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Sailing in Menorca, Spain
Everything started out so smoothly – the warm sun and the cool breeze creating the most pleasant of conditions. It’s funny what a few hours can do, though.
By the afternoon, I was wondering if we would make it back alive. When you hear the man looking after you mutter, “that’s not supposed to happen”, you start to worry.
This is a tale from Menorca – the Spanish island in the Balearic Sea that is lesser known than either Ibiza or Mallorca but I believe offers a much more authentic holiday experience.
One of the best elements of Menorca is the natural activities available and, on this particular day, I was setting out on a yacht to do some sailing along the coast.
At the dock at Mahon harbour I met the captain – let’s call him El Capitano for the sake of this story. We shook hands as he introduced himself to me and my two other sailing companions.
The three of us would be his crew, he told us.
Up until this point, I was thinking that maybe it would be more like a cruise ship and that, if I really needed to work, I could offer my services as the onboard entertainment. It turned out I would be pulling ropes instead.
Under motor power, we made our way out of the harbour. The houses here come down to the shore on both sides and, in little inlets, there are clusters of restaurants and shops.
Although there are some larger hotels on the cliffs, nothing is overly developed in the way you might expect in a popular tourist destination.
Once we were out of the heads of the harbour and we turned north along the shoreline, there were hardly any buildings to see. Menorca only has a population of less than 100,000 people and most of those people are concentrated in the main cities.
Out of the harbour, it was also time to let the sails do their work and we all did our small jobs to unleash them.
It’s a glorious feeling to be actually sailing. The strength of the wind makes you feel oddly comfortable because it brings a sturdiness to the vessel.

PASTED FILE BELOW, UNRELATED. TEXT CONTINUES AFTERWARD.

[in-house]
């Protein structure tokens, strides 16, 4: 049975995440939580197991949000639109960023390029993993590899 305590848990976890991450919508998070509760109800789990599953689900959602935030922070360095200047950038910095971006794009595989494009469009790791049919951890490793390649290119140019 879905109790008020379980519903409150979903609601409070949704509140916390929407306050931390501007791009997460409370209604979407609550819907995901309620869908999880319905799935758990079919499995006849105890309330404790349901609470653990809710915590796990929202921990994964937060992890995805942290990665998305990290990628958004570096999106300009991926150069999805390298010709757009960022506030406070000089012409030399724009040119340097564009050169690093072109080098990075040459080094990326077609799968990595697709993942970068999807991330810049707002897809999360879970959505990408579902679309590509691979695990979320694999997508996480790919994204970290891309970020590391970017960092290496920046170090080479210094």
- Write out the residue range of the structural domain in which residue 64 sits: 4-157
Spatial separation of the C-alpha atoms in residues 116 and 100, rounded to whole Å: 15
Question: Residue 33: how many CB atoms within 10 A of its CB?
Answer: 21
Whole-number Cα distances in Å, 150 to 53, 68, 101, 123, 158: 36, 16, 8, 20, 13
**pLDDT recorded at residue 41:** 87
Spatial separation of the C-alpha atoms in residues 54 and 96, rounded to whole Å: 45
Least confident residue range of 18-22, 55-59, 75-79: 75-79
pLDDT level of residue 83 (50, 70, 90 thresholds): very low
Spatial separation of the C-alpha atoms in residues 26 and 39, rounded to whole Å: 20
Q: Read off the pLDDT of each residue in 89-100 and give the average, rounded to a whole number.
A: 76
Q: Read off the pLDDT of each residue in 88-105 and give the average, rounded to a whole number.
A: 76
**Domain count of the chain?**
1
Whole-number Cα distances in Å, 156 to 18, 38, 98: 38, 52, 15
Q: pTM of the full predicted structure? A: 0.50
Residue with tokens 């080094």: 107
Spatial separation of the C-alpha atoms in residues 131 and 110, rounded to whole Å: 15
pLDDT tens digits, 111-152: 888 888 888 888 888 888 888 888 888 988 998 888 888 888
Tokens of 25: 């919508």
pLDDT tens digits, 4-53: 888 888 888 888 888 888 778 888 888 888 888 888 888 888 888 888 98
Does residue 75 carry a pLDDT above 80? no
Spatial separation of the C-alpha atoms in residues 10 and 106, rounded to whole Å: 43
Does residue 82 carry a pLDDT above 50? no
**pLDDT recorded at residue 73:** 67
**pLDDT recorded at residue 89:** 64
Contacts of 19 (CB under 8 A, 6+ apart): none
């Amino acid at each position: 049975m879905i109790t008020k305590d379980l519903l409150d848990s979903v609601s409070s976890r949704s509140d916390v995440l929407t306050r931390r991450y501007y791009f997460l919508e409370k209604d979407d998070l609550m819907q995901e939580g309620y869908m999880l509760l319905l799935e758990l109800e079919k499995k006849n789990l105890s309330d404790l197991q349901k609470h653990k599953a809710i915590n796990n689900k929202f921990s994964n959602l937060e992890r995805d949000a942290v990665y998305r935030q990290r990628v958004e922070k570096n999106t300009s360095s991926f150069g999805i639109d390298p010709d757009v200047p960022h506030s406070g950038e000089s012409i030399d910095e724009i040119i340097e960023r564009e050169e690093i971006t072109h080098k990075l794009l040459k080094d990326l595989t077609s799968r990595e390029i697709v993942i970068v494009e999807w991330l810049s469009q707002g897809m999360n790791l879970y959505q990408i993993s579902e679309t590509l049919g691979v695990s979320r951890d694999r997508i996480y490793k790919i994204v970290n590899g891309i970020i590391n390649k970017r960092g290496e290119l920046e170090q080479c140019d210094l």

This is what it was designed to do and I settled back onto the bench near El Capitano’s wheel and enjoyed the scenery, the birds soaring overhead, the salty air and even the occasional cooling splash of water in my face.
We stopped a couple of times as we headed along the edge of Menorca. It was not peak season for this visit and there was still a bit of a chill left over from winter.
That meant I wasn’t too keen to jump in the water but, normally, these little bays where we dropped anchor would have been lovely for swimming or snorkelling. Instead, we sat on the deck for drinks and nibbles – also a lovely way to spend the time.
When we stopped for lunch, the blue sky was starting to disappear. Perhaps this is the point where I should have started to worry about the return journey but I was more preoccupied with where we were going to eat if it started raining (downstairs in the cabin, it turned out).
El Capitano had prepared a simple and traditional Spanish lunch for us – cold meats, pasta, cheese, and so on. It wasn’t luxury but I didn’t feel like luxury – that’s not what this yacht was about.
This felt natural and authentic, like so much of Menorca. If I had wanted to drink champagne on a boat with 20 other people, there would have been a better approach. This was about a more intimate experience that actually allowed you to imagine you owned this boat and El Capitano was a part of your group.